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There are colorful, comfortable chairs and couches. Open, airy spaces. As you enter the center, a friendly peer support staff member greets you. Sign in and choose from a range of services tailored for youth ages 12 to 25. These go beyond mental health counseling to include physical/sexual health advice and treatment, peer and family support, education support and career coaching, and substance use treatment support. There’s also room to simply chat with peers, relax, catch up on homework, or have a lively game of Uno or Jenga.
Developed by the Stanford Center for Youth Mental Health and Wellbeing in partnership with local and state government and community groups, allcove offers a safe place where youth and young adults can find community, support, advice, and a moment of pause before turning to face the challenges of their daily lives again.
“It’s very important that we create these spaces for young people to get the care and support they need before things move to a crisis point,” says Steven Adelsheim, MD, director of the Center for Youth Mental Health and Wellbeing. “We don’t often have spaces where young people can explore issues like stress with a friend, or bullying, or worry about a test, or sexual orientation questions. That’s what we’re trying to create. We want allcove to be a model for state- and nation-wide mental health support for young people.”
Adelsheim championed the allcove model after learning about a program in Australia called headspace, which has over 130 centers. Like headspace, allcove is community-based with a focus on equity and youth input. Centers offer a wide variety of services that youth and young adults need, on a walk-in basis or by appointment, and at no cost or for a low fee regardless of health insurance status. The goal is to support and empower young people to meet mental health challenges before they become more serious—or reach a crisis point.
The first two allcove centers opened in June 2021, with seven more in the planning stages in San Mateo, Los Angeles, Sacramento, and Orange counties and other California locations. Meanwhile, communities across the country have reached out to find out more about allcove, Adelsheim notes.
allcove's powerful approach comes directly from the people it serves: youth. Youth Advisory Groups (YAGs) design each allcove center's environments and processes, creating an atmosphere that meets each person's and each community's needs, explains Ana Lilia Soto, youth development manager for the Center for Youth Mental Health and Wellbeing.
“The Youth Advisory Groups were involved, through a shared decision-making model, in choosing the locations for the first two centers so they would be easy for young people to reach. They created the identity and name for the program—allcove, meaning a place where everyone can come and find a moment of pause,” Soto says.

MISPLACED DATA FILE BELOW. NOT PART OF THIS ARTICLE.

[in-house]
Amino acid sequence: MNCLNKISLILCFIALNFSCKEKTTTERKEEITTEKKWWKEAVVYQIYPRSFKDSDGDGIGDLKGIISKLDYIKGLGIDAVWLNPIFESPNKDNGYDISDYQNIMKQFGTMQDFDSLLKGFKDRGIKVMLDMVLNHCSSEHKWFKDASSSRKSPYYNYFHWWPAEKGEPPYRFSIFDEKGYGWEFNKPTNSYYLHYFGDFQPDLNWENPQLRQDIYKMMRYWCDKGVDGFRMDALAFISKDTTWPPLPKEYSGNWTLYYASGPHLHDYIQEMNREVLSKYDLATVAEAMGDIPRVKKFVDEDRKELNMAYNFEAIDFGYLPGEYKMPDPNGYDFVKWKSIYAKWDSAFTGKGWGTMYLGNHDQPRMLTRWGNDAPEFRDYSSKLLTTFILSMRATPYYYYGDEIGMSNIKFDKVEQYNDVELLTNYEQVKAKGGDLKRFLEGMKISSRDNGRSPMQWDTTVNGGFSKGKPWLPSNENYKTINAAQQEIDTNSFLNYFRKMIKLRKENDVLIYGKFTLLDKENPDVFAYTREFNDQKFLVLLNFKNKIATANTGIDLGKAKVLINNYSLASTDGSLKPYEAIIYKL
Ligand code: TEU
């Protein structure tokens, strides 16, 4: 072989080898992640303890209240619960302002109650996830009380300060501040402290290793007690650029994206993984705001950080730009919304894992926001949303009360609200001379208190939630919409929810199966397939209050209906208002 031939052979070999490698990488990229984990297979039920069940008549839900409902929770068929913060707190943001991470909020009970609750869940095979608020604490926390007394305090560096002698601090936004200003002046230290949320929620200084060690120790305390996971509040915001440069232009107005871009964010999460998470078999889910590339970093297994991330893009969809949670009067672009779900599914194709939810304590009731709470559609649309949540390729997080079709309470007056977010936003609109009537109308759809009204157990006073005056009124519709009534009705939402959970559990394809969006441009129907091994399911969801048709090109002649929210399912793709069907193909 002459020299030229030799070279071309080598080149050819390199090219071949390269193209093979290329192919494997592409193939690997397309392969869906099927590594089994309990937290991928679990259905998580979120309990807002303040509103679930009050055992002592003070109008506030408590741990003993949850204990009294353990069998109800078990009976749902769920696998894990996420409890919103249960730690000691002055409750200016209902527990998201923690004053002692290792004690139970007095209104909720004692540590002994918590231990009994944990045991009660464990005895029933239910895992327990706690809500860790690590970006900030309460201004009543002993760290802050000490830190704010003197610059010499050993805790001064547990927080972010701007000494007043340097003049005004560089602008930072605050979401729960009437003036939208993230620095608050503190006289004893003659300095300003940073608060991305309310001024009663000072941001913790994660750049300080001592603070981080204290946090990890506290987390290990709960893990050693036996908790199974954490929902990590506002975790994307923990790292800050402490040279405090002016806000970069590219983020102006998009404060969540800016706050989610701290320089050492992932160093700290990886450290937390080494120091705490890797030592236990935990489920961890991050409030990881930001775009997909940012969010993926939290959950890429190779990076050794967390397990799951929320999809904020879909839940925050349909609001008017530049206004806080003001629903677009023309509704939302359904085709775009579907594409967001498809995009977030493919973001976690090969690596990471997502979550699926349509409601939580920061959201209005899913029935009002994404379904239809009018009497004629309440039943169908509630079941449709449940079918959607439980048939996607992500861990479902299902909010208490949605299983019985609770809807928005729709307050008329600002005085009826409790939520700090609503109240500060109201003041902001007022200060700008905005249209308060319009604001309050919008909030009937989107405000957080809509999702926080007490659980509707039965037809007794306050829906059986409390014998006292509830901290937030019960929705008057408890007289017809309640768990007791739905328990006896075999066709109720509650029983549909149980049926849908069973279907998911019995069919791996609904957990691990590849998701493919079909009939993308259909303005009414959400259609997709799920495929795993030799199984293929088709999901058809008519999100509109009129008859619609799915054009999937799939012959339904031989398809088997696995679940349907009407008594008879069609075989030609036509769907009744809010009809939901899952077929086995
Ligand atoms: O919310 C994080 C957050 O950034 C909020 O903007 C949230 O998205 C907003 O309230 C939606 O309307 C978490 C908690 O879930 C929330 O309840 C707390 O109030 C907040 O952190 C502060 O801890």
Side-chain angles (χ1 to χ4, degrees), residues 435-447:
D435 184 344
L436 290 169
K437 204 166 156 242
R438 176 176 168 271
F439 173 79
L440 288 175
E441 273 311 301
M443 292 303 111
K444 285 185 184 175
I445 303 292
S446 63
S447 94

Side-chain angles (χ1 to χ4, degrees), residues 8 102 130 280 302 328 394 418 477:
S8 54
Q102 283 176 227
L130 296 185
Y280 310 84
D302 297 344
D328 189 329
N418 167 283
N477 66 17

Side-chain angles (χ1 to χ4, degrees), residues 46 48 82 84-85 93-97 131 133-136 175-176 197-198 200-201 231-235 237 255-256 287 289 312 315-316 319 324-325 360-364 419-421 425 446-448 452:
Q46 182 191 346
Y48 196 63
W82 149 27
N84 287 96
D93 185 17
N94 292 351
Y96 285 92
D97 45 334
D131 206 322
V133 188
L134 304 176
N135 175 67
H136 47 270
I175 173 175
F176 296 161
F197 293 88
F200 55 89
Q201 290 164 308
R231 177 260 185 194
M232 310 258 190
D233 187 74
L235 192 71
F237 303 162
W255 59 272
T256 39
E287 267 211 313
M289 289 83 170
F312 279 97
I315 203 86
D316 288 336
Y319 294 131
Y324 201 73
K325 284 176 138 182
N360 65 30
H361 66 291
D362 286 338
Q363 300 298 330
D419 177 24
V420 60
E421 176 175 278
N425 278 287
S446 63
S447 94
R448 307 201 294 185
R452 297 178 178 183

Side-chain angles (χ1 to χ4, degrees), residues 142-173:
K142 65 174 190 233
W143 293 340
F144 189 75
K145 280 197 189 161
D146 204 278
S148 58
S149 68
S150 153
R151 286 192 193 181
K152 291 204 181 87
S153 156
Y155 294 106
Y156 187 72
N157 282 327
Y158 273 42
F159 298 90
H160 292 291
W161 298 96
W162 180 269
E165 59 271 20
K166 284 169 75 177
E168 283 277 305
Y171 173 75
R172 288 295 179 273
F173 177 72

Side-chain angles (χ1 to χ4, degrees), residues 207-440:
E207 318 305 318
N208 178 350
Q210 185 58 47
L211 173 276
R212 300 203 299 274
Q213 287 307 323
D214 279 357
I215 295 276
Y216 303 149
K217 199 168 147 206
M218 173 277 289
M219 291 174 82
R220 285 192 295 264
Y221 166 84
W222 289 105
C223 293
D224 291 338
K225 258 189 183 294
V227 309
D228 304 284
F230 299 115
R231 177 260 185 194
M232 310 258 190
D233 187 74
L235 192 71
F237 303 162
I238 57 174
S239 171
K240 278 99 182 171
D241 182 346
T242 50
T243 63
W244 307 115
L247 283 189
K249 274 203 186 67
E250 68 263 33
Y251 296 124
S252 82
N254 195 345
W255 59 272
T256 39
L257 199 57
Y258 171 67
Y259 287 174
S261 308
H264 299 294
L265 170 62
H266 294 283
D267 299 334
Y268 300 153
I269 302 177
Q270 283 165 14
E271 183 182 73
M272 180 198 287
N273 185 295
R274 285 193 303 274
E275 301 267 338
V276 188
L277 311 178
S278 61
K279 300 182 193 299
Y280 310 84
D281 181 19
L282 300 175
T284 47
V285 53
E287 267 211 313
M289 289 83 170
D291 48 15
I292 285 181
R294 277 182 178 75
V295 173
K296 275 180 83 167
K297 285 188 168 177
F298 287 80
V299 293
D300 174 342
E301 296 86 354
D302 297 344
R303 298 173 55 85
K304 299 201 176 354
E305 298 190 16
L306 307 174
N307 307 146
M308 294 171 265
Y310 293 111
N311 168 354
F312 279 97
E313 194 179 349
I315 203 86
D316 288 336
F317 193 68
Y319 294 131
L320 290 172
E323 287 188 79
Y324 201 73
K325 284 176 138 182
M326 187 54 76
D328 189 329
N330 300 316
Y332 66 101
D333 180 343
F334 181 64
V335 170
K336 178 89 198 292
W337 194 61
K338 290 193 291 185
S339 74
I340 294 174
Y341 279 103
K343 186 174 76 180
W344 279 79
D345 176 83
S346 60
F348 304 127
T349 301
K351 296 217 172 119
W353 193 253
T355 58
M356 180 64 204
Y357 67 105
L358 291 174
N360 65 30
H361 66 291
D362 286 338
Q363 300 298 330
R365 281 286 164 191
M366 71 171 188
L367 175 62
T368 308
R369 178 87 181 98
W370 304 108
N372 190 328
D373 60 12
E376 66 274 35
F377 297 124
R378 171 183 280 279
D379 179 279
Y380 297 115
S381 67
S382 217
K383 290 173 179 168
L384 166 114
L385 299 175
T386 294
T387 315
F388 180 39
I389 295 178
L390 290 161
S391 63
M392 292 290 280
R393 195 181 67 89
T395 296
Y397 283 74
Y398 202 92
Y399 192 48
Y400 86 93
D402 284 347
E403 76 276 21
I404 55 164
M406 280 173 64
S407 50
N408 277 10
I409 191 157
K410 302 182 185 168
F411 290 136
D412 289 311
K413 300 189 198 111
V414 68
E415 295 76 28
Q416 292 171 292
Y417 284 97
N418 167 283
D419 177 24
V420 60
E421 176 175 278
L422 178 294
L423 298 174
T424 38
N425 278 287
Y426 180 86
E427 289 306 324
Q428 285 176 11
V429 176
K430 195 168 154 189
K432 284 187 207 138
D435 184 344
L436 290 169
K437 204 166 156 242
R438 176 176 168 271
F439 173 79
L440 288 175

Each YAG is a racially, culturally, and socioeconomically diverse group of 16-to-25-year-olds from that center's local community.
“The YAG members stay involved,” Soto says. "If they hear that other services are needed, like connections to food banks if there's food insecurity, they make that a priority.”
Overcoming the stigma of asking for mental health help and making it available to more youth are important goals, says YAG member Emily Wang, 17, a high school senior from San Jose.
“We're trying to understand and implement what youth will need and like, and what will make people feel safe and comfortable,” Wang says. "We want a young person to know that yes, this is where you can be you and have your needs met. Everyone is working together to uplift each other's mental health and their own, whether the need seems large or small.”
allcove's approach could help overcome barriers that deter youth and young adults from accessing more traditional mental health care, says Toby Ewing, executive director of California's Mental Health Services Oversight and Accountability Commission.
“To get out in front of the mental health crisis that young people are facing, we need to embrace their strengths and perspectives and support them in healthy ways," Ewing says. "This is among the most ambitious efforts in California to design services through the lens of the clients: our young people.”
The Commission allocated $15 million in mental Health Services Act innovation funds for allcove San Jose and allcove Palo Alto. In addition to the Sand Hill Foundation, other donors—including the California Health Care Foundation, David and Lucile Packard Foundation, the Greathouse Family Foundation, Hearst Foundation, and McKenzie Foundation—have given their support to this bold new approach.
To learn more about allcove, visit allcove.org. To support allcove in reaching more young people, contact Rachel Olinger at (650) 497-8166 or Rachel.Olinger@LPFCH.org, or give now at supportLPCH.org/Donate.
This article originally appeared in the Fall 2021 issue of Packard Children’s News.